“When I look at what the EU are doing and who they are influenced by, they are doing their best to put you on a blacklist,” the U.K. lawyer said.
Regulations had taken on a new guise, he argued, both through “increasingly assertive and muscular law making from national governments,” who seek to restrict and regulate the engagement with offshore jurisdictions and “governments coming together and cooperating on tax,” for example under the OECD Base Erosion and Profit Shifting initiative or the EU blacklist. The new “substance” requirements were a particularly “interesting weapon” with rules that look specifically designed to harm the British Virgin Islands, he noted. Cayman can survive because of the nature of its business that has substance, Harwood said. “But the BVI may be better off being on a blacklist.”
The new requirements around “core income generating activities” amounted to an “awful double standard.” Of the currently 4 to 5 million U.K. companies probably less than half have any substance, he estimated, and very few Delaware companies would be able to prove that they have people, premises and equipment.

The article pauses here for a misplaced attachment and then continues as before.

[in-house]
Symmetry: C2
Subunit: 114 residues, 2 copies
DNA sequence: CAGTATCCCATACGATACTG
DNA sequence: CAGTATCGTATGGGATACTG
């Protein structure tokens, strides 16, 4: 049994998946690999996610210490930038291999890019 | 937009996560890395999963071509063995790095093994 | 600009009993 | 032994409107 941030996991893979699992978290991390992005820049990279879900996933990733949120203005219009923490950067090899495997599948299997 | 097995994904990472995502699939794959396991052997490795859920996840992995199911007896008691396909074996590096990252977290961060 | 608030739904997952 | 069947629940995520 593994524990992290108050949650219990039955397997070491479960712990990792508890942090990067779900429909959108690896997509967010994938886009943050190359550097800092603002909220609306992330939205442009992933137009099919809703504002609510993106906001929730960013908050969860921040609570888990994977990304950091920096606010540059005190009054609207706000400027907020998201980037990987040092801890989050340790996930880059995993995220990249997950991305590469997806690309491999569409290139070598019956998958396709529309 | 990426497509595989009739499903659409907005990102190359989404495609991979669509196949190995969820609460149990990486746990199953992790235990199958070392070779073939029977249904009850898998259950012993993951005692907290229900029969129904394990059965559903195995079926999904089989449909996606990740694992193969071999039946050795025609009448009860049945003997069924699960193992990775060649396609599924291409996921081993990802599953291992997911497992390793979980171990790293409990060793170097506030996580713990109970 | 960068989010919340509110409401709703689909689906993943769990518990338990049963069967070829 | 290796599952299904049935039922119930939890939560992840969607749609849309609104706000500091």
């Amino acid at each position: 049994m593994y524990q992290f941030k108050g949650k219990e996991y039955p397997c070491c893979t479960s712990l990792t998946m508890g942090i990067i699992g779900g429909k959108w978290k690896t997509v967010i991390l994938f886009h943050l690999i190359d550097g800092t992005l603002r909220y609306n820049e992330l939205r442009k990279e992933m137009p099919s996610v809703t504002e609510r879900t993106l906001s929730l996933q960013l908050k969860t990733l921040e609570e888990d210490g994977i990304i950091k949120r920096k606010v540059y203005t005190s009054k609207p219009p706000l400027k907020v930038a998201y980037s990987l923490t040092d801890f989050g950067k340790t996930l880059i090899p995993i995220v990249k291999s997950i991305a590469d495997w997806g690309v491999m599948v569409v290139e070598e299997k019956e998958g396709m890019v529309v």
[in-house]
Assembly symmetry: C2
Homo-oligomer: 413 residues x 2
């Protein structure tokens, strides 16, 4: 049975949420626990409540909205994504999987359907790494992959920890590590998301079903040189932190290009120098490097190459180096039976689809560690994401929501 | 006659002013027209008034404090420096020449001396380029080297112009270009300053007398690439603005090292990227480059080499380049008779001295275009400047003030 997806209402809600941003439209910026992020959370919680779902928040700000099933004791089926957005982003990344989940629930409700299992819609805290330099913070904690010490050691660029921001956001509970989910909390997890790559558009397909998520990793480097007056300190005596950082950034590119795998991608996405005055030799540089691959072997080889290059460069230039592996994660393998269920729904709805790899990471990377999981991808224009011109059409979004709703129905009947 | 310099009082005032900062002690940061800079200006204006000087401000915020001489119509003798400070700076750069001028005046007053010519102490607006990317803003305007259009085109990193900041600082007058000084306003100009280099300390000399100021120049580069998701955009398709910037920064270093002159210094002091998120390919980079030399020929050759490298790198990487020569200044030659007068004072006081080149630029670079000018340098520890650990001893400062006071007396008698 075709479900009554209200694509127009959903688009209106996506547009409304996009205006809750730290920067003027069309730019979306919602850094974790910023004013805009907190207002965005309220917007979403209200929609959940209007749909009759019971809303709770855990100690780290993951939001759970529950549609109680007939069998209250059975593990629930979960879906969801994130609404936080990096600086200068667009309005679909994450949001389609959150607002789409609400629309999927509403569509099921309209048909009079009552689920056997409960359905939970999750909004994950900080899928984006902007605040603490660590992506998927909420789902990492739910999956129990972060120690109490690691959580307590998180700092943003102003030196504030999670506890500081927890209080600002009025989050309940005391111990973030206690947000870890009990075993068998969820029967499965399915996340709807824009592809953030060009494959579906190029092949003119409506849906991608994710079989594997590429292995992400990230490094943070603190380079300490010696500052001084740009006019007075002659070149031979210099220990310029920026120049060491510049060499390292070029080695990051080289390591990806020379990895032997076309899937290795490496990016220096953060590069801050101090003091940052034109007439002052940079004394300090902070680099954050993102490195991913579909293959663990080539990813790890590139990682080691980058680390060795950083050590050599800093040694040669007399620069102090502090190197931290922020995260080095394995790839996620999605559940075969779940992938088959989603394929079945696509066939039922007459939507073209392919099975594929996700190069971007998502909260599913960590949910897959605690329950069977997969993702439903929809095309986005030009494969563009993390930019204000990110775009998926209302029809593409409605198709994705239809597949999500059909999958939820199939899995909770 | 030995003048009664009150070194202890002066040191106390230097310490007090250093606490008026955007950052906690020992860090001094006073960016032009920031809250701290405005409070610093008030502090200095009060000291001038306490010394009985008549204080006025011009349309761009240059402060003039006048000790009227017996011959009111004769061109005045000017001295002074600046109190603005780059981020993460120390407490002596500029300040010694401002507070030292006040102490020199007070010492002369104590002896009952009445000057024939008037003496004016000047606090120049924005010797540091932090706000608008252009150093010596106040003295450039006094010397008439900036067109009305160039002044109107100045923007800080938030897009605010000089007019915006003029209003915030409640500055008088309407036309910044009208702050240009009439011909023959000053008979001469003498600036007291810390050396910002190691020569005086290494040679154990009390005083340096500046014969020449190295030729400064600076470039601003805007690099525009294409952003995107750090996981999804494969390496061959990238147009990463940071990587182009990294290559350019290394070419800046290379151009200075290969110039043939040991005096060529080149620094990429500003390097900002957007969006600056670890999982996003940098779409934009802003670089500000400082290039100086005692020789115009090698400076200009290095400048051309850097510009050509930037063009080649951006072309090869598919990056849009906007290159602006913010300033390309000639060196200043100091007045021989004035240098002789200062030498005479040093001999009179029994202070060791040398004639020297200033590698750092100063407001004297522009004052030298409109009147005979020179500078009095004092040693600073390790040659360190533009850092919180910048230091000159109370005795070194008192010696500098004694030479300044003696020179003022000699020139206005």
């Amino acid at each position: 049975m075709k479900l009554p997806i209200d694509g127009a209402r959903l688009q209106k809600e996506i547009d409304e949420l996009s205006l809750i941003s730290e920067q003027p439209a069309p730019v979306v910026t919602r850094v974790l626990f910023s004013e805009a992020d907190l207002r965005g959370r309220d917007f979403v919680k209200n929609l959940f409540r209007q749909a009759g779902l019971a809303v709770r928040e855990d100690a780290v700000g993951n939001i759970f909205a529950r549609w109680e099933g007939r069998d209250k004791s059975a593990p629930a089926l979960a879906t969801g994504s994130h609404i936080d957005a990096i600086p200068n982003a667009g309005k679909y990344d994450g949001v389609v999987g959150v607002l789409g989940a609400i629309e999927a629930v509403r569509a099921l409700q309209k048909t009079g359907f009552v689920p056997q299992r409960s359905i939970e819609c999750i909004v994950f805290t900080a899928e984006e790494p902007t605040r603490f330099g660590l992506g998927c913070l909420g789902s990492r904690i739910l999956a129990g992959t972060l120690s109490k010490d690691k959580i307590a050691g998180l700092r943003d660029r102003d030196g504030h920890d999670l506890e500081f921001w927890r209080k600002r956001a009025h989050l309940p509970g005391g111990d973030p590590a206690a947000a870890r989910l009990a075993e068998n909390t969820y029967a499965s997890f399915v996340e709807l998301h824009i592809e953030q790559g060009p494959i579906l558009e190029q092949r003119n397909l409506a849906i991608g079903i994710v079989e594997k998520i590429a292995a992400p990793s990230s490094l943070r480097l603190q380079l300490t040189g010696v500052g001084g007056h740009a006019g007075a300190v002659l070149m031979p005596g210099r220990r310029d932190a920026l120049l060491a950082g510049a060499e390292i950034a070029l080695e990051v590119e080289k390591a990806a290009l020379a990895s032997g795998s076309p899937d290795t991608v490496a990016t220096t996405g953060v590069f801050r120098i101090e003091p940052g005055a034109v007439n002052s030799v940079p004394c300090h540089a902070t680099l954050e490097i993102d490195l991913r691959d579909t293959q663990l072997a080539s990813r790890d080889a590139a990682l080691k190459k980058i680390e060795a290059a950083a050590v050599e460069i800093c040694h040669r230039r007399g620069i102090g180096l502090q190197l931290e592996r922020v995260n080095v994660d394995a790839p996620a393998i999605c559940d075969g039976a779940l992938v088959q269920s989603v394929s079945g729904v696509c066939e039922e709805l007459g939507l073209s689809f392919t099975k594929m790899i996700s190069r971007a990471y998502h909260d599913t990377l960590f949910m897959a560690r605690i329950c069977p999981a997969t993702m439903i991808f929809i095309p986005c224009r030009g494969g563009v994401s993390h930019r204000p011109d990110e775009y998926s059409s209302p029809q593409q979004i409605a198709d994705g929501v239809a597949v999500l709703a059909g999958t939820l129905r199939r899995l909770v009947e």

Andrew Morriss, Dean of the School of Innovation at Texas A&M University and a main researcher of offshore financial centers, agreed that onshore governments in Europe are out to destroy centers like the Cayman Islands.
“The French do not want you to survive. The Germans do not want you to survive. The current Labour Party in Britain does not want you to survive,” he said. But the attacks on offshore centers are not new and the centers that survived in the past had been very adept at finding the next opportunities and building new laws and regulatory structures.